It was therefore not surprising that the new government upon assuming power sought to respond to a deep-seated land controversy. Current Vice President Juldeh Jalloh was then dispatched to the Malen chiefdom headquarter township of Sahn in the Pujehun district, southern Sierra Leone. This is where SOCFIN Agriculture Company operates a mill producing undisclosed tons of palm oil for export.
The Company organized a stage-managed fanfare to welcome the Vice President on that sunny day. They wanted to spin a yarn to make-believe- all was fine, the locals are happy… So, the drums were sounding, the motor-bikes and vehicles hooting. Amidst the din, one muted voice was discernible at the portal of the township. She was the lone voice that was out to protest against SOCFIN and tried to draw the attention of the Vice President to her message. In her typical traditional woman style of dress- brown lappa suit and matching head tie, keen observers saw her frolicking in the air, trying to capture attention. She was chanting in a fit of frenzy like saying to the Vice President: “don’t be deceived, we are victims, hear our story before going to the oil mill…”
But the Vice-Presidential motorcade sped on without noticing Aminata K Fabba in her 40s. She is the Chairlady of the Malen Land Owners Association, (MALOA). She qualifies to be labeled as frontline grassroots land rights defender in the southern provincial district of Pujehun.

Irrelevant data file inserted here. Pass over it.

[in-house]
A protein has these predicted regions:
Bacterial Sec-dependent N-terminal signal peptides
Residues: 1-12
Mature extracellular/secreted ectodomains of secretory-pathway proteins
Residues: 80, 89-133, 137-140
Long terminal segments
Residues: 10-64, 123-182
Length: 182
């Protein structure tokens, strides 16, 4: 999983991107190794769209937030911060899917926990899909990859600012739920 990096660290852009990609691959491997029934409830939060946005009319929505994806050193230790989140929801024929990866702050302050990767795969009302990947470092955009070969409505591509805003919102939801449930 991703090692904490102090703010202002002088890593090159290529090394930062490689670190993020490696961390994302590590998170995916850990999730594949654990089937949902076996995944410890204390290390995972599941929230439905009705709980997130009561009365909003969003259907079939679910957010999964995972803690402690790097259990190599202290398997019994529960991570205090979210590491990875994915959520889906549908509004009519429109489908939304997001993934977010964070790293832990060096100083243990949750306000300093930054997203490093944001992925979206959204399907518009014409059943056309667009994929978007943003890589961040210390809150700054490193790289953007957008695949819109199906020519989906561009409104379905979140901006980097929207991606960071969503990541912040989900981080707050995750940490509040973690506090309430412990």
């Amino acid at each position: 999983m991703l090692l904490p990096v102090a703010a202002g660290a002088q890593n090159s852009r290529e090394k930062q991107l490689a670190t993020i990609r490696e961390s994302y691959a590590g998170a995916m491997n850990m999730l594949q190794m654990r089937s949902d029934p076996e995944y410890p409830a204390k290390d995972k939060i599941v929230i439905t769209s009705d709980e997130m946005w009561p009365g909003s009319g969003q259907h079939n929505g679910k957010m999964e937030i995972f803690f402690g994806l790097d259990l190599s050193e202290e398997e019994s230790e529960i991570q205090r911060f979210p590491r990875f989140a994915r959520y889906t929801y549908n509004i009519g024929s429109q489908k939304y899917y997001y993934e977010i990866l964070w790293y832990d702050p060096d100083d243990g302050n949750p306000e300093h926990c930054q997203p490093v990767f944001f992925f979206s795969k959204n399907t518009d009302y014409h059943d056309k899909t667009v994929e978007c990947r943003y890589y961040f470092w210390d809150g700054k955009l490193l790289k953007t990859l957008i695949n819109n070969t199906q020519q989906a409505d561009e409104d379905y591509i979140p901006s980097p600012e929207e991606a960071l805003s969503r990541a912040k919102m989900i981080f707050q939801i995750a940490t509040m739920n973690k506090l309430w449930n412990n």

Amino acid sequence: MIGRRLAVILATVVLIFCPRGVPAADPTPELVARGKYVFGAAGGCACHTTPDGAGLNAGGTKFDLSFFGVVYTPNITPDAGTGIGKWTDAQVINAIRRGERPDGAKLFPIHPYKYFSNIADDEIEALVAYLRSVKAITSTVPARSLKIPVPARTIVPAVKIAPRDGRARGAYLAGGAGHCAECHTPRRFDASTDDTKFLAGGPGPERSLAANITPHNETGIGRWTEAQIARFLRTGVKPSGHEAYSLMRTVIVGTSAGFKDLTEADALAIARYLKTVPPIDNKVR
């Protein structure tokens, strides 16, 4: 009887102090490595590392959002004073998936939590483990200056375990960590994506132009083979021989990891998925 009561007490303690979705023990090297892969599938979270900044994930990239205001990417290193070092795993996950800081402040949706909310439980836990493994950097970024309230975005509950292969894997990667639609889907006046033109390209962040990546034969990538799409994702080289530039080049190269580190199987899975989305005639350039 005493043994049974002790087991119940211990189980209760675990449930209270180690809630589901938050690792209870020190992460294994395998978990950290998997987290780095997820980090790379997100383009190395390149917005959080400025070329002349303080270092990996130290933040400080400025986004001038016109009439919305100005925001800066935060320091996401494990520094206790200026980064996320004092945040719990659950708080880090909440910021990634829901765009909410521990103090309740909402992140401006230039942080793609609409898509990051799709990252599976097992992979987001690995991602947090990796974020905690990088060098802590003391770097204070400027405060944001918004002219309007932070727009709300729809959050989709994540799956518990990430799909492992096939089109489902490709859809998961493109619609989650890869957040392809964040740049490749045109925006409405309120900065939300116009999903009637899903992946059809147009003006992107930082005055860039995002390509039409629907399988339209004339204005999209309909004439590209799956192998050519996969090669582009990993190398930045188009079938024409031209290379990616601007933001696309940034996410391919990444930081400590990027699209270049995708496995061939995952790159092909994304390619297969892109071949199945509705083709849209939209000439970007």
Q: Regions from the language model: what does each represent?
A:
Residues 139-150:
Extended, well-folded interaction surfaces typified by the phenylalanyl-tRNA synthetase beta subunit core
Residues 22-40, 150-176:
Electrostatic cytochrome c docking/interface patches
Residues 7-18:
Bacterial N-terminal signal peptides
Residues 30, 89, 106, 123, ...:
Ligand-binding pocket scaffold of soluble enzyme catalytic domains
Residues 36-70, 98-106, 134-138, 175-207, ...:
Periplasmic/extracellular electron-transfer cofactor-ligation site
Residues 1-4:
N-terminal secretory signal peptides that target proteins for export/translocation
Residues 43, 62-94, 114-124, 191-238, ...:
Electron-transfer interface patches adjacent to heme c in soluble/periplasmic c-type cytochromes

There she stood in the hot burning sun, pretty despondent and lost in the whirlpool of dust emitted by the convoy of screeching speeding tires of the Vice-Presidential motorcade. The Vice President was taken on conducted tour of the plantation and oil mill facilities. Whatever became of the Veep’s findings remains a little-known story. But what followed has been the progressive expansion of the company, including efforts to break down all grassroots structures of dissent using State security.
The Police and army were recently involved in payment of controversial land lease fee of USD2.50 per hectare as against the legally stipulated USD 12 per hectare. The policy in force recommends a price of 12 US$ per hectare, which the law (Cap 122) requires investors to pay directly to the District Council, then responsible for further distribution.
After the Vice President left Malen chiefdom, Aminata Fabba, Chairlady of Malen Land Owners Association had the opportunity to speak out at the First Peoples’ Hearing of Mano River CSO Platform. She was invited by Green Advocate International, operating a subregional secretariat in Monrovia.